Chotaikytsai’s loyalty to eir family had made Tsouchm doubt the rumors. But the stranger who had opened the gates went to join another stranger and a child. They were clearing the remains of the burnt house while Kolchais sat nearby talking with them.
“I heard rumors but did not know what to believe. You will do this thing?”
Chotaikytsai nodded. “I had thought to never be a grandparent. But the cycle has turned and it is time to start anew.”
Tsouchm grunted. “I hope that this cycle is a good one then.” Ey looked around the familiar compound. “I… expect I shall see you less often. Now that you will have a family.”
Chotaikytsai flipped a rude hand sign meaning ‘root rot’. “You have been a friend when I needed one most. You will always be welcome in my home and my family’s home.” Tsouchm laughed and shook eir head. Ey should have known better than to think Chotaikytsai would go all proper on em.
They spoke for a few more minutes, and then Tsouchm took eir leave, much distracted.
Tsouchm had enough saved by that ey didn’t need to seek work for a few days. So ey went to the edge of the dockyards and squatted in eir accustomed place. Any of the familyless who wished to seek em out knew they could find em there. A twinge of arthritis reminded em of eir age. Ey didn’t know how old ey was. Like many familyless Tsouchm had no one to remember eir birthing and no younglings to count the years by. But eir hair had grayed several years ago, so ey was probably of an age with Chotaikytsai.
One of eir neighbors stopped by, needing information on what families were hiring for day-labor. They haggle briefly, but Tsouchm’s heart wasn’t in it.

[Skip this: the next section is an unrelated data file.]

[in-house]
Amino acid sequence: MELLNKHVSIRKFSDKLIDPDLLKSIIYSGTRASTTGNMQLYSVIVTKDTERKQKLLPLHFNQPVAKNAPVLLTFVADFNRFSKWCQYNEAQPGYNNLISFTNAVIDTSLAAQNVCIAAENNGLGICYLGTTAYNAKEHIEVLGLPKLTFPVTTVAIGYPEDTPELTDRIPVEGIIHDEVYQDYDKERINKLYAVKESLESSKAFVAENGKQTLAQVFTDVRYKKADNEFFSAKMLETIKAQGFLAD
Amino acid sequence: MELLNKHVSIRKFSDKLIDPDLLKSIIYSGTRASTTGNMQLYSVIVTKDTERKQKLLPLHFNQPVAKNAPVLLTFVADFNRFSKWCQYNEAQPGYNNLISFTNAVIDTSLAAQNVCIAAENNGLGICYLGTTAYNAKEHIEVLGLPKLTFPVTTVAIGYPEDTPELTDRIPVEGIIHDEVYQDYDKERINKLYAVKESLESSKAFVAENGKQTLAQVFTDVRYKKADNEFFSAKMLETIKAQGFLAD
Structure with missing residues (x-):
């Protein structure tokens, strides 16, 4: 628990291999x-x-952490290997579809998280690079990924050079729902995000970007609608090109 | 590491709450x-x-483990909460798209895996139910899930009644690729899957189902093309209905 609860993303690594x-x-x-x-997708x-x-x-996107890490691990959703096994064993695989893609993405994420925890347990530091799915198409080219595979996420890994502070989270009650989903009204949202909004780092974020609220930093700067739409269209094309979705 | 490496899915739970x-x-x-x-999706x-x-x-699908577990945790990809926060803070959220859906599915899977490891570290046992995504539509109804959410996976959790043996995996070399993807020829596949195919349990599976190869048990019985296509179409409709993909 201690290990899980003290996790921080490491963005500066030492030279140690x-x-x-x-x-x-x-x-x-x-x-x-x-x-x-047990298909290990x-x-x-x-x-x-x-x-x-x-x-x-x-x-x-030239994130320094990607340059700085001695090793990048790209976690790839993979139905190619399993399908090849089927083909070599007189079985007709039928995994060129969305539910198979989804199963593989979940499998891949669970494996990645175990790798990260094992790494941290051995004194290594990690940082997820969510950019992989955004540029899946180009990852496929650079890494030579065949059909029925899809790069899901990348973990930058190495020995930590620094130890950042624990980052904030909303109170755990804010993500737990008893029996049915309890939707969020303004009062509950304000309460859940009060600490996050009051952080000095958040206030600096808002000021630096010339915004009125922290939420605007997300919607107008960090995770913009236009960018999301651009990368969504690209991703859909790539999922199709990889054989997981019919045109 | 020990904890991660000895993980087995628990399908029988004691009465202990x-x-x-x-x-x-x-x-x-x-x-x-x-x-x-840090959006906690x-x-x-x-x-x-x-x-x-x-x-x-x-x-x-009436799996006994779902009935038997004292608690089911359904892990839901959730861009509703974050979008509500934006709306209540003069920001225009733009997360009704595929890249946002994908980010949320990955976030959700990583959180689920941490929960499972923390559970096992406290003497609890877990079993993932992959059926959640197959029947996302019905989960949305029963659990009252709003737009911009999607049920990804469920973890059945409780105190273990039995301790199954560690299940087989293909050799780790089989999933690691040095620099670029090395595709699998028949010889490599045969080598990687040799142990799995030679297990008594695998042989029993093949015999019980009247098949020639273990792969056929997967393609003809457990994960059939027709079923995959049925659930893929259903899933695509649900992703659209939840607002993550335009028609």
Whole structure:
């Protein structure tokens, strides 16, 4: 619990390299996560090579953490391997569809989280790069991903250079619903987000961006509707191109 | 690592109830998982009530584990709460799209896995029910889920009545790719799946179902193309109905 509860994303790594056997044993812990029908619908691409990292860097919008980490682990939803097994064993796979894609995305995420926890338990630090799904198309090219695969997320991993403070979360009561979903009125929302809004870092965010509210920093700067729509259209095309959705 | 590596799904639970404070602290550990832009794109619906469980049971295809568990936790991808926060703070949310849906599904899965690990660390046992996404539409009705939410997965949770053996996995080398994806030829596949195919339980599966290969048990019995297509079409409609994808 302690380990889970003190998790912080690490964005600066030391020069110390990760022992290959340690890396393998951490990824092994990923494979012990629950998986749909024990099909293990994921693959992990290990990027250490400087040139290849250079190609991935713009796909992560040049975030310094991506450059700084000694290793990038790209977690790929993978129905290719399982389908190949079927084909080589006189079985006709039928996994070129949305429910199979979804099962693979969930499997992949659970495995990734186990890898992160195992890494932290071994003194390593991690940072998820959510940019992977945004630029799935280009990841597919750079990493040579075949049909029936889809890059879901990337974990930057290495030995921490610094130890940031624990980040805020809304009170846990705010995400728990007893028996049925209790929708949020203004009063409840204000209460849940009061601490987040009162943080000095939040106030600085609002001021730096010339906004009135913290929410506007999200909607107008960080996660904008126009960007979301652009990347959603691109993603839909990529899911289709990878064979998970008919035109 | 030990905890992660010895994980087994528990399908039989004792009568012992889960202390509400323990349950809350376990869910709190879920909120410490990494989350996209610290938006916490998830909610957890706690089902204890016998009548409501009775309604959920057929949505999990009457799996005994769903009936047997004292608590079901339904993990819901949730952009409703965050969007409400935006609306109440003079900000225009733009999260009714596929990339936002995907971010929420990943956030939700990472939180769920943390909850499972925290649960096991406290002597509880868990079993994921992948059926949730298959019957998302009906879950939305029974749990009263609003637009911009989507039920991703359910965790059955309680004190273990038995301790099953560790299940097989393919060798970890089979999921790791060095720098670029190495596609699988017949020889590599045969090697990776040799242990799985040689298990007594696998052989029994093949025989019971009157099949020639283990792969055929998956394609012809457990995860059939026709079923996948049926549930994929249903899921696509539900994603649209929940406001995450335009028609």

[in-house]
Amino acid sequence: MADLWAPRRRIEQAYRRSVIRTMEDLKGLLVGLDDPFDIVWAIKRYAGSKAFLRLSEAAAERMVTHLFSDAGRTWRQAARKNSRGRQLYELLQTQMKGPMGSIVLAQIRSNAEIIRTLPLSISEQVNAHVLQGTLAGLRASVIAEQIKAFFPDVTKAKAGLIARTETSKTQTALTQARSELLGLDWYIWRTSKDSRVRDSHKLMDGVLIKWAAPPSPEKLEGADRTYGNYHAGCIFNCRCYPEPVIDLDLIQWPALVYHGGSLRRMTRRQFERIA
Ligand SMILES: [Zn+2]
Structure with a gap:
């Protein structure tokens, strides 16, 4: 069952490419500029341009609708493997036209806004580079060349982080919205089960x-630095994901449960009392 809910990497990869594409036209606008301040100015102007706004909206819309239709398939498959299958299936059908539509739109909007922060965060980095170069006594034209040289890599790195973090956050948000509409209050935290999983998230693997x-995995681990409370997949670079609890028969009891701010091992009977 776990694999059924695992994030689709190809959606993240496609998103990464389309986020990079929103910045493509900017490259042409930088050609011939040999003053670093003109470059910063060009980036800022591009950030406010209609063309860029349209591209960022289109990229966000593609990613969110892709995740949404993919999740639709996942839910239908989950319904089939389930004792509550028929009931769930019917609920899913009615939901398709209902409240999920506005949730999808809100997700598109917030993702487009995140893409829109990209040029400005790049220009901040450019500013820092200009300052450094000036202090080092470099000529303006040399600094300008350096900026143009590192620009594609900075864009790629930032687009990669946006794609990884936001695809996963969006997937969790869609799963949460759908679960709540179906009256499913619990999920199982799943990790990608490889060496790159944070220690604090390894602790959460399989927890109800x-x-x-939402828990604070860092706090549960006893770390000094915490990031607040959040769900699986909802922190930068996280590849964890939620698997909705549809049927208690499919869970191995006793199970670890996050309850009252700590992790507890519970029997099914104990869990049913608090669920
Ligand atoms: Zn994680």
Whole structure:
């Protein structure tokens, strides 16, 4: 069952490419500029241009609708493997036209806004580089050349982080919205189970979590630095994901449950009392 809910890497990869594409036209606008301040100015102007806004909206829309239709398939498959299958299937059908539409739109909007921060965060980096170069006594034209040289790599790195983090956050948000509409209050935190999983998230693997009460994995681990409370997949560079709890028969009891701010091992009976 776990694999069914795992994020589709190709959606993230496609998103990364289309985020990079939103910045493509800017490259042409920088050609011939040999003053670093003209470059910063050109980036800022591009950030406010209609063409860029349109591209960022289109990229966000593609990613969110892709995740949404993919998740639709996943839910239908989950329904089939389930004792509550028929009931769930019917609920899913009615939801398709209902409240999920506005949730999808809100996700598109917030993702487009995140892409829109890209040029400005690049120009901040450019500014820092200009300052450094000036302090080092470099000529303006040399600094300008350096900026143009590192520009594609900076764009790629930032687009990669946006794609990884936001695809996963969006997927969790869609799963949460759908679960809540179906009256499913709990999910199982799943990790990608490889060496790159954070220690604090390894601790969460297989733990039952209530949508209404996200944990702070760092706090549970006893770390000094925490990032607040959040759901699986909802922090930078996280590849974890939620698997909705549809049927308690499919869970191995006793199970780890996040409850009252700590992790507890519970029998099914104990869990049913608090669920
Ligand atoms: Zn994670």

Unlike proper families, the groups the familyless formed were all the same age. When those eir age were banding together, Tsouchm had been taking care of eir cenn. Cenn had been part of a group, but they all died either before Tsouchm was born or while ey was very little. So ey and eir cenn had no one else. Tsouchm could only have joined a group by leaving eir cenn to die alone. And ey refused to do that.
By the time eir cenn finally died, ey had a reputation as a loner. Even if the groups forming by then would have been willing to accept someone older, everyone just assumed Tsouchm wanted nothing to do with any group. And ey had been too proud to ask.
So Tsouchm made a badge of eir alone-ness instead. And it had worked for em. Ey was known and respected not just by the family-less but also by some of the families. Ey had even done business a few times with members of the council. And ey never looked back.
It was a bold thing these strangers were doing. They had to have had families. No one born to familyless-ness would have considered it. To start a new family with strangers, trusting that the belief in family and what it meant would be enough to bind them together for generations.
Tsouchm grimaced. Old age was making em too prone to endless thinking and not enough doing. But, ey admitted, in this case, there was a reason for that. What ey was thinking of doing scared em.
Slowly, Tsouchm stood up and headed for eir tiny room in the port district. Ey changed into eir one set of good clothing and strode back to the compound which was once the home of the color-work weaving family. Boldness and refusal to apologize for who ey was has gotten em this far. Ey would ride that current where it took em now.